I've found my motorbike riding has made me a better car driver, I'm much more aware of what's going on around me. I feel that my family is safer in the car with me now that I ride a bike.

Guess you just have to be totally aware of your surroundings when on a bike, watching the front tires of parked and driven cars, staying visible - staying away from the blind spots to the side of cars and trucks because drivers DON'T check over their shoulders, always having a plan B/a "what if" plan all the time.

Yeah riding a motorbike is dangerous, but it sure is a lot of fun too. The choice is yours. I know what my choice would be, but I can't tell you what you should do.

Hope you chose a bike and I hope you have fun.
 

·
Registered
Joined
·
4,168 Posts
OK, all kidding aside, riding is more dangerous than driving a car. It really is that simple. What you need to decide is if you are willing to add that risk to your own life. If you are, start looking at something in the 500cc to 650cc range for your next bike. It will have plenty of power to use it on the highway as a commuter and will easily carry a passenger for occasional rides. If you do not think the risk involved in riding is acceptable, accept your decision and go back to your cage. There is no shame in doing what you choose for yourself.
I have been riding since I was 18, that was 50 years ago, and I still ride twice as far every year as I drive in my cage. The reason is simple. I really enjoy riding and am willing to take the risk. I am one of many who have spent a lot of time in the hospital because of my choice but I still make that choice to ride daily. There are old riders and there are bold riders but there are very few old bold riders.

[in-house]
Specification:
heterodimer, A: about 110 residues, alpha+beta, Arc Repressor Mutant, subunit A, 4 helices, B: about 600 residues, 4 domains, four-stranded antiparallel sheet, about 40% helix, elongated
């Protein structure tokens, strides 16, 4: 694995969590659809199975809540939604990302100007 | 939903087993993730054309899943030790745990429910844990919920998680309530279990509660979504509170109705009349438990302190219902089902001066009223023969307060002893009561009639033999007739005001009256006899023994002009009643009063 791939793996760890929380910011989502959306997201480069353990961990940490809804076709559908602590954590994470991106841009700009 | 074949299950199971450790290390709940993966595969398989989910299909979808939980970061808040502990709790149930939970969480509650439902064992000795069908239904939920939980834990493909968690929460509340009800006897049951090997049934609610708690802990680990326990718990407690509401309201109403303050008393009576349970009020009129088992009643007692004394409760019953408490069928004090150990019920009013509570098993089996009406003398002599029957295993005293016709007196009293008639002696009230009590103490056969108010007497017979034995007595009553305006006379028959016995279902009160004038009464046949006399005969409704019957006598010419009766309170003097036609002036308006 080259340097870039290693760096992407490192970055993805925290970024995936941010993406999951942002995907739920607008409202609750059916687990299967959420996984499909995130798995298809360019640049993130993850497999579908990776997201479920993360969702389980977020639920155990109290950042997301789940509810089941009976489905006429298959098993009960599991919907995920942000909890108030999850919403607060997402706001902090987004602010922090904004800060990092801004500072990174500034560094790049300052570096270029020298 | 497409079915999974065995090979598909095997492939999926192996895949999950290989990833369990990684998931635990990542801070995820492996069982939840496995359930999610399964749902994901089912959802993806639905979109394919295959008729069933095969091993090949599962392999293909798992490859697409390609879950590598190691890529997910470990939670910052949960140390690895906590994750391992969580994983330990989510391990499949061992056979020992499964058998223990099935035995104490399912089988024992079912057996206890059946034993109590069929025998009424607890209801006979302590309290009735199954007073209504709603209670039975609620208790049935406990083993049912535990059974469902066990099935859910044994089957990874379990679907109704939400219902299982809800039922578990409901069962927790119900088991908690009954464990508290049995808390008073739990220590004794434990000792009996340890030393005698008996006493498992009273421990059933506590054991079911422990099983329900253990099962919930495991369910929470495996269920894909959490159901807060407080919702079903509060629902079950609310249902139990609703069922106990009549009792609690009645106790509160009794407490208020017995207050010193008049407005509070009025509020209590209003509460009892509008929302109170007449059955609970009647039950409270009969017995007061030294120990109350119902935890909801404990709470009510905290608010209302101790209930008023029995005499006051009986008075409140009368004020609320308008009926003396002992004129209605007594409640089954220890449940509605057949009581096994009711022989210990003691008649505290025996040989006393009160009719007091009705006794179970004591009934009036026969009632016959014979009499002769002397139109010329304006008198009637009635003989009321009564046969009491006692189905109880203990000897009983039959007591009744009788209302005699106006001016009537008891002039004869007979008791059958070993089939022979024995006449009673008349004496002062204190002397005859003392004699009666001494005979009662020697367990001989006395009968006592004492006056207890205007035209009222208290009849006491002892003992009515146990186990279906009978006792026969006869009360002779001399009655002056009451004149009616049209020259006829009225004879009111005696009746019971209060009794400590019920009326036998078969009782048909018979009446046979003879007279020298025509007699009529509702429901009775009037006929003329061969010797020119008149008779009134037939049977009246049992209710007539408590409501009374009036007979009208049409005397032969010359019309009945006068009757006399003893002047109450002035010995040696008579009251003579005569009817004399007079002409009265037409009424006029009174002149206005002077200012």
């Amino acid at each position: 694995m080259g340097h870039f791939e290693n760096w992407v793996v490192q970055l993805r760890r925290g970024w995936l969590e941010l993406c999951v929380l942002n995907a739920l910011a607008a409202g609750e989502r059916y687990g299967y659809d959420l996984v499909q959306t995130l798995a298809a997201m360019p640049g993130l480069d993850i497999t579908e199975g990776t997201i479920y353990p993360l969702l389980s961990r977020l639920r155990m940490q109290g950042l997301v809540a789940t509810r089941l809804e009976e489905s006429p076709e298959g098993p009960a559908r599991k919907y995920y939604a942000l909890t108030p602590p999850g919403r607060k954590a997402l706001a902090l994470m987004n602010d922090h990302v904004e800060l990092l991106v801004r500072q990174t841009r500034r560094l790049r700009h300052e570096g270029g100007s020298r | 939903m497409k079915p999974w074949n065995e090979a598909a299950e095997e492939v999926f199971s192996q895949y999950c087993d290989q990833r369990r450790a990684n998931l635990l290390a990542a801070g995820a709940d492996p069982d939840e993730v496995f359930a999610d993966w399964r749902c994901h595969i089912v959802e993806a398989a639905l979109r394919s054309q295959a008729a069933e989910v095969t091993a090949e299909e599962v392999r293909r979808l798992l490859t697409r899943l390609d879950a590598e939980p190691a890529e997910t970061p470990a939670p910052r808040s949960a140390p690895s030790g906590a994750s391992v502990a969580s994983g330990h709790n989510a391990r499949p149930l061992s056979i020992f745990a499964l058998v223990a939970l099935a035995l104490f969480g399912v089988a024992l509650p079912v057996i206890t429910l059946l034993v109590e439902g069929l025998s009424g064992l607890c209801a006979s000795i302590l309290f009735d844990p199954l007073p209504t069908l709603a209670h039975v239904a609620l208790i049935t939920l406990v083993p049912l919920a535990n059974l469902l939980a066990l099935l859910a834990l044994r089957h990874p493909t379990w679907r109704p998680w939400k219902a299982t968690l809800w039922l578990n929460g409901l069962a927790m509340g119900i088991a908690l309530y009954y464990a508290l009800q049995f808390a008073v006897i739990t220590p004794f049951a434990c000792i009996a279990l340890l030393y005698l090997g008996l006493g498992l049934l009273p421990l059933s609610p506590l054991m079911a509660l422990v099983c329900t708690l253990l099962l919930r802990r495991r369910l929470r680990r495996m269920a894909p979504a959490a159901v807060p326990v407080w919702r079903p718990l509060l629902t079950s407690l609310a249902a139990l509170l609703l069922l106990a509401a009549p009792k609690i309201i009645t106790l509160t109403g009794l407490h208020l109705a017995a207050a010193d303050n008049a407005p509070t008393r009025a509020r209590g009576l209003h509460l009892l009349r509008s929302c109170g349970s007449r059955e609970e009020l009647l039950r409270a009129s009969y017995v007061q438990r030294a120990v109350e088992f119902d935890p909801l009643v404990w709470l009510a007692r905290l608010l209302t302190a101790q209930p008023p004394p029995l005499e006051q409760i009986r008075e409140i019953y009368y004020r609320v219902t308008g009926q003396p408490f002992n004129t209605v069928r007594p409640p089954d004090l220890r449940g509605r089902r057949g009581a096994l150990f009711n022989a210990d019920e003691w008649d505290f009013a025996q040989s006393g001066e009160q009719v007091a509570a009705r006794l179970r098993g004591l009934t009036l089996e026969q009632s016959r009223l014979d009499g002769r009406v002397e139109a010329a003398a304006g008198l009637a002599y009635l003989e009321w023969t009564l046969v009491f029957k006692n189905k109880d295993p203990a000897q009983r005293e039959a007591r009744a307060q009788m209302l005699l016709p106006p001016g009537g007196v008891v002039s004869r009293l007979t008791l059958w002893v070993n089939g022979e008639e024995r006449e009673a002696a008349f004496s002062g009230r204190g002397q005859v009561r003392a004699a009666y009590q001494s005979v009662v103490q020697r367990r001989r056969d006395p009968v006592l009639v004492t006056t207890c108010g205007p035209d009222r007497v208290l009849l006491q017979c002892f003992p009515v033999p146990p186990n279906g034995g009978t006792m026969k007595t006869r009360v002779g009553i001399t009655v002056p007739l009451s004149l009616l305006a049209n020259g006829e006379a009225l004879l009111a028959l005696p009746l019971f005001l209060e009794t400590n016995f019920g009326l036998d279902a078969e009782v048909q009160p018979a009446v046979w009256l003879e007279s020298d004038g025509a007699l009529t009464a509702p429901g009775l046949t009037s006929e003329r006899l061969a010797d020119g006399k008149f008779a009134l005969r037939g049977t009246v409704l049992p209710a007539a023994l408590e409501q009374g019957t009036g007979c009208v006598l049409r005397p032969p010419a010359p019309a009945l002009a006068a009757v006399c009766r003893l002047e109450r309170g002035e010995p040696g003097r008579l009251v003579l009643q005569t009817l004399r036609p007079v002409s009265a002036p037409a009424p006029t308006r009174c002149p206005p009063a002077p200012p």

·
Registered
Joined
·
16 Posts
Discussion Starter #10
Thanks for your input. 50 years of riding wow. I think part of the problem is people I trust who normally give me solid advice on life really don't help out when It comes to this. My father had a few bikes and was in two accidents, one he claims was his fault, the other a deer. My uncle's best friend got blindsided in an intersection (who knows the truth there). But the #1 thing I can't stand to hear and this is pretty much a quote. "Sure, there is a lot of guys that say they've been riding for years and years but the reality is there is only two types of motorcycle riders, ones that have been in an accident, and ones that will. There is no way you can drive a motorcycle daily and not someday, somehow, someway get hit." I am surprised at how many on these forums have ridden so long but at the same time I'm sure you have all been hit, or close calls or lost loved ones. Maybe I can convince myself to ride casually and just try to learn and be as safe as possible. I do live in Ohio which is tricky - we have lots of deer, and our drivers here a lot of time don't pay attention for bikes, by the time they are its June, and by August they aren't looking anymore.